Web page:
Little Day Out reviews I Theatre’s production of Ashputtel – The Story of Cinderella…
With the prolific commercialisation of the well-loved Grimm Brothers’ fairytale, Cinderella, its mere mention conjures up images of the well-known Disney princess, resplendent in her fine blue gown. Or if you’re like me, memories of illustrations from a favourite childhood picture book magically come to mind, etched deep in our memories from repeated re-readings (the Cinderella in my childhood book wore a shimmering white gown).
The play’s high-energy performance with fast-flowing comedic sequences, compliments largely of Ashputtel’s stepsisters, and Prince Charles and his faithful butler, stirred uproarious laughter from the audience.
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The well-choreographed proceedings made the house’s enjoyment of the more outlandish and slapstick elements obvious. Prince Charles’ innocent implorations for help elicited surprisingly spontaneous responses from the helpful young audience who clearly enjoyed the pleasure of one-upmanship over the likeable but bewildered prince who had no idea where to find his beloved.
While Asputtel is similar to the tale we are familiar with in so many ways, it also adds fresh, new layers of appeal for family entertainment as well. As the play opened with a young girl, Ashputtel, pining the loss of her mother in song and recounting the promises she had made to her, I found myself a little taken aback by the depth of emotion displayed both by the song and the lead’s convincing performance.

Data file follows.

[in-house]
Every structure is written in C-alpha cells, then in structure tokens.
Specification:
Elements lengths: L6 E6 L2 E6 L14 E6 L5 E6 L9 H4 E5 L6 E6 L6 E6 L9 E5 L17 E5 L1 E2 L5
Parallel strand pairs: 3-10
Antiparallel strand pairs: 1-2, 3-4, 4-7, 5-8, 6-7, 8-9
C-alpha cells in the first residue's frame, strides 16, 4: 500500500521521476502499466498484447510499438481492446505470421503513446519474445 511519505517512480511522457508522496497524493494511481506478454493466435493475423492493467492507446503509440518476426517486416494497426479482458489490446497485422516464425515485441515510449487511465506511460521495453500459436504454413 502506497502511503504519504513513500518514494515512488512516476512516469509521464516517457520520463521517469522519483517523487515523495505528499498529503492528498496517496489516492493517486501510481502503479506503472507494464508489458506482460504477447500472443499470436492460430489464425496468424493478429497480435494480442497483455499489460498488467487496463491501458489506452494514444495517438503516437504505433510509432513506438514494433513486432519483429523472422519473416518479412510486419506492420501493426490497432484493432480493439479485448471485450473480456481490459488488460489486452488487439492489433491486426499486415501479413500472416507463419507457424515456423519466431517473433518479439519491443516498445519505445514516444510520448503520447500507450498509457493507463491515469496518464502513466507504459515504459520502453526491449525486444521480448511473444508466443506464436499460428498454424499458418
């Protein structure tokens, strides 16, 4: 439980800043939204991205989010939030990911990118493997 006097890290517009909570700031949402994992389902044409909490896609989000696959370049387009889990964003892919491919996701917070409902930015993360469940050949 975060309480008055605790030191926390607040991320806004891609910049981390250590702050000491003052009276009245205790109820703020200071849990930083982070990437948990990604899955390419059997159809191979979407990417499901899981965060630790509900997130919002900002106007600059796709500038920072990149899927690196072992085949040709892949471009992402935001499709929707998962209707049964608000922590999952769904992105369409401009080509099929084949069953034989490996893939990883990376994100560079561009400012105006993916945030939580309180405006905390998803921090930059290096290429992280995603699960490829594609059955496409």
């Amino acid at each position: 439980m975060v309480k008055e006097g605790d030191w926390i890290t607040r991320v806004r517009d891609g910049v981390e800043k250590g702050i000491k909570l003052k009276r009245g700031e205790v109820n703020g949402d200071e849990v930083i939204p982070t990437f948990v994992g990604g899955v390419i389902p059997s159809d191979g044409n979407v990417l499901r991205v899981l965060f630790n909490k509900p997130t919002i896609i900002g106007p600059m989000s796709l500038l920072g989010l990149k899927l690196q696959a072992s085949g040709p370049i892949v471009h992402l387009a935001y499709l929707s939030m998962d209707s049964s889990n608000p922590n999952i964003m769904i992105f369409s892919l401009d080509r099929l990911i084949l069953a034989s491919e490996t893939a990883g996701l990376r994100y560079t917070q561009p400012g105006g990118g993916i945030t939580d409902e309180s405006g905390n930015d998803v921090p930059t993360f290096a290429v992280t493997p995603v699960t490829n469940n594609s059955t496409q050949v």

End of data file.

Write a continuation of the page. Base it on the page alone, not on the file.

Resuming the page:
Ashputtel, played by Matilda Chua (Photo: I Theatre).
This was not a theme typically expounded in fairytales for the young, though obviously Cinderella, or Ashputtel, in this case, would obviously have lost her mother, seeing as she had a stepmother and stepsisters. The sense of longing and the strong underpinning relationship between Ashputtel and her mother were delicately espoused as the production deftly employed music and imagery, infusing the scene with a palpable assurance that Ashputtel was never alone, but that her mother was always watching over her. It was touching and appropriate, and this unique focus on the relationship between Ashputtel and her own mother was probably the strongest positive differentiator between I Theatre’s production and any other typical retelling of the Cinderella story.
Both in the initial and later sequences, the meaningful exploration of the maternal relationship elevates the production from merely being one just for children, to a well-written and moving theatre experience both adults and children can relate to for its universality. Within the short 55 minutes’ duration, the production manages to accomplish a great deal in its own right with its overall entertainment value, magical storytelling, and uplifting themes, making it time well spent for both young and mature audiences alike.
The cast (from left): Stepsisters Gertrude (Serena Ho) and Trudy (Audrey Luo), Stepmother (Julie Wee), Butler (Tan Shou Chen), Head Puppeteer & Ashputtel’s Birth Mother (Adelynn Tan), Ashputtel (Matilda Chua) and Prince Charles (Edward Choy) with a six-year old fan.
I Theatre’s Ashputtel – The Story of Cinderella is on till 17 November 2012 at the Alliance Française AGF Theatre. Ashputtel is nearly sold out and is only best available on weekends and public holidays. You can book your tickets through SISTIC.